Why I’ve stopped using Facebook

I know it’s been a while since I last wrote anything for this blog, but this week has seen several things happening that I feel strongly about and so I’ve managed to put finger to keyboard again.

Some of you may have noticed that I recently posted on twitter and facebook that I was unhappy with the new FB terms of use and so would not be updating my status there any more. I would now like to explain why I feel this way.

The new terms state:

You are solely responsible for the User Content that you Post on or through the Facebook Service. You hereby grant Facebook an irrevocable, perpetual, non-exclusive, transferable, fully paid, worldwide license (with the right to sublicense) to (a) use, copy, publish, stream, store, retain, publicly perform or display, transmit, scan, reformat, modify, edit, frame, translate, excerpt, adapt, create derivative works and distribute (through multiple tiers), any User Content you (i) Post on or in connection with the Facebook Service or the promotion thereof subject only to your privacy settings or (ii) enable a user to Post, including by offering a Share Link on your website and (b) to use your name, likeness and image for any purpose, including commercial or advertising, each of (a) and (b) on or in connection with the Facebook Service or the promotion thereof. You represent and warrant that you have all rights and permissions to grant the foregoing licenses

Now the way I read this is that I give FB permission to use anything I put on the site for any purpose they wish; that I cannot revoke this right even if I delete the content or close my account; and that they can pass this on to anyone they wish to do likewise.

Now compare that to the previous terms:

When you post User Content to the Site, you authorize and direct us to make such copies thereof as we deem necessary in order to facilitate the posting and storage of the User Content on the Site. By posting User Content to any part of the Site, you automatically grant, and you represent and warrant that you have the right to grant, to the Company an irrevocable, perpetual, non-exclusive, transferable, fully paid, worldwide license (with the right to sublicense) to use, copy, publicly perform, publicly display, reformat, translate, excerpt (in whole or in part) and distribute such User Content for any purpose on or in connection with the Site or the promotion thereof, to prepare derivative works of, or incorporate into other works, such User Content, and to grant and authorize sublicenses of the foregoing. You may remove your User Content from the Site at any time. If you choose to remove your User Content, the license granted above will automatically expire, however you acknowledge that the Company may retain archived copies of your User Content.

Notice the difference? Under the old terms, any content I delete from my account is automatically removed from the terms of the licence. The fact that they may keep archived copies is just a quirk of the internet.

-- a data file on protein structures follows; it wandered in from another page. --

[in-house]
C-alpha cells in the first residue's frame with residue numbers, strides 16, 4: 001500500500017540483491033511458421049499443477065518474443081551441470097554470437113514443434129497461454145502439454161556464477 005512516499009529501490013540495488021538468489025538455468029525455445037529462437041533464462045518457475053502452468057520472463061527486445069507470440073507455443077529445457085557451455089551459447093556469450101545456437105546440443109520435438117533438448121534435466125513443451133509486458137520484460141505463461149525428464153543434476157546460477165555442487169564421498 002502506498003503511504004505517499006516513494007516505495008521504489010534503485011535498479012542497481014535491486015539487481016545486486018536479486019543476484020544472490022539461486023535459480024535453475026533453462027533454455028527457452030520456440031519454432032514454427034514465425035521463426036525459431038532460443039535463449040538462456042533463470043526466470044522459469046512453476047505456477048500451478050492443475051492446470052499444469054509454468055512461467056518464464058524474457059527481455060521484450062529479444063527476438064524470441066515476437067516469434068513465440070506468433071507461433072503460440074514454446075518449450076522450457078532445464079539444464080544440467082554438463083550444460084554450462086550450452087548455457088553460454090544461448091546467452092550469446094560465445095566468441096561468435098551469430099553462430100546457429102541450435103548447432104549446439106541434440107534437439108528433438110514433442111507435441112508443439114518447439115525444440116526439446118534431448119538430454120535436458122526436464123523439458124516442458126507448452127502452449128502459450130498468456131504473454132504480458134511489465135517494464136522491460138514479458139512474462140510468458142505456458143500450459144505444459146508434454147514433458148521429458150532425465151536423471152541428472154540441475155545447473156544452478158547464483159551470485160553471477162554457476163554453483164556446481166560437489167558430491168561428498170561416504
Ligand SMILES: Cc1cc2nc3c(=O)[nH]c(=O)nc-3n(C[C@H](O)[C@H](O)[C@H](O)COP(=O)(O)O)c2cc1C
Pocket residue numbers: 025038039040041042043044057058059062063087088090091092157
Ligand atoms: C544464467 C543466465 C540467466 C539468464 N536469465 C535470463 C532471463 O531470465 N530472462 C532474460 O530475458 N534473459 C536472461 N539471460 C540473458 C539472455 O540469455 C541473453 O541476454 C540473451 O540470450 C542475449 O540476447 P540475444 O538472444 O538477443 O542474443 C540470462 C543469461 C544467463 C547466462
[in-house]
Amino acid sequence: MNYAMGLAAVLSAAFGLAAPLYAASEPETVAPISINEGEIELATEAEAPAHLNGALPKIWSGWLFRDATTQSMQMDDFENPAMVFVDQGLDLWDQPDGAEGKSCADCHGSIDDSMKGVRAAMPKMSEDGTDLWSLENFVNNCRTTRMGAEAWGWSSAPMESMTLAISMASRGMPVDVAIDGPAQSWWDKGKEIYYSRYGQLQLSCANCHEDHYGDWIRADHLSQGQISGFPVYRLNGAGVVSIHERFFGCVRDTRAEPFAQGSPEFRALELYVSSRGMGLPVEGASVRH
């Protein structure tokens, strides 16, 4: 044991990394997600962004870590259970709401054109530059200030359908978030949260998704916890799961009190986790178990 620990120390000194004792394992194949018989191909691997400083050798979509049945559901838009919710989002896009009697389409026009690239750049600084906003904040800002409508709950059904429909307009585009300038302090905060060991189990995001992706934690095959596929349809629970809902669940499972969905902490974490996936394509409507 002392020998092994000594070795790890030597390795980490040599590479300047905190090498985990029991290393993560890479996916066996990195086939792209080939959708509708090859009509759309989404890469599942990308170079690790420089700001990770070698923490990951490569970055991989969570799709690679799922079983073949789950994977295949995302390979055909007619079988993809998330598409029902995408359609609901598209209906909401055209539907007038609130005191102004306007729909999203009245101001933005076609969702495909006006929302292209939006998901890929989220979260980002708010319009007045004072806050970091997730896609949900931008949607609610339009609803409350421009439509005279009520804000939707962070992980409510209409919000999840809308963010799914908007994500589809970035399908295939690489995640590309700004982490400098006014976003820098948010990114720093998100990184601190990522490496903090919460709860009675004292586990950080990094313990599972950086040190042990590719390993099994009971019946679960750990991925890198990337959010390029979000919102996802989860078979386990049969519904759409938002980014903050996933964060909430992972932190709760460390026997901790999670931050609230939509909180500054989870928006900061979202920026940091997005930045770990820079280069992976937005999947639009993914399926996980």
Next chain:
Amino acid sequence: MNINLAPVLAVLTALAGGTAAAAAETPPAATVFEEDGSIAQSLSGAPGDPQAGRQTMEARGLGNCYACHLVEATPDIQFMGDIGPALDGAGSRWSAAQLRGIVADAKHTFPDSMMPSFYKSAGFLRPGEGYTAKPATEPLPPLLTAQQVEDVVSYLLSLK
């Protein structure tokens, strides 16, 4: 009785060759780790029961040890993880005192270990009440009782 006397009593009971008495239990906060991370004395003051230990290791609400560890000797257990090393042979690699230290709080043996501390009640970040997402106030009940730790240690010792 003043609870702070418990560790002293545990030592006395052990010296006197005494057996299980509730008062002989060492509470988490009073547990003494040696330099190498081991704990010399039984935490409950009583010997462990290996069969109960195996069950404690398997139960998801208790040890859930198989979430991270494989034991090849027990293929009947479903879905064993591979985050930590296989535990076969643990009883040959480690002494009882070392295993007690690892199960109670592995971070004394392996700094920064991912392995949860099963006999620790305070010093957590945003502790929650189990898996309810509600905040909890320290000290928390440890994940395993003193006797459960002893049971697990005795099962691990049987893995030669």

In a blog post Mark Zuckerberg write this as a response to this situation:

One of the questions about our new terms of use is whether Facebook can use this information forever. When a person shares something like a message with a friend, two copies of that information are created—one in the person’s sent messages box and the other in their friend’s inbox. Even if the person deactivates their account, their friend still has a copy of that message. We think this is the right way for Facebook to work, and it is consistent with how other services like email work. One of the reasons we updated our terms was to make this more clear.

Well Mr Zuckerberg, you obviously haven’t quite grasped the difference between an email and content posted on your site. When I send an email, yes two copies are made, one in my machine, and the second on the recipient’s machine; this means that I have no control over the second copy. However, when I post to the facebook site, there is only one copy – on the facebook server. People viewing it do not download a copy, they vew the item on the server. Therefore if it’s deleted from the server, it’s gone. Forever. [ok I now that in reality mutliple copies may exist for the purpose of backups and that web-browsers actually download copies of the content, but I’m trying to keep it simple!]

Now consider what would happen a few years into the future when facebook has sold out to Megacorp Inc and I have become famous (I can dream!). Even if I have closed my account, and deleted all of my content; under these terms they would be able to use any thing which I had previously put on the site as they wished, even to advertise their products – without needing to ask my permission.

The changes to the terms of use were brought in by stealth. They fundamentally alter the relationship between facebook and it’s users; and they were brought in without notification. Changes such as this should have been notified to every user before hand so that users could remove content before giving away their rights.

Update [19/2/09]:

Well it looks like My Zuckerberg and the Facebook team have decided to listen to their users, at least temporarily. The original Terms have been re-instated whilst they look at write new ones. So I have now gone back to Facebook and deleted all the photos and other content that I have wish to keep some control over. I am happy to continue using the service as I do like the ability to connect with friends, I was just unhappy about the way they went about changing their terms of service

2 Responses to “Why I’ve stopped using Facebook”

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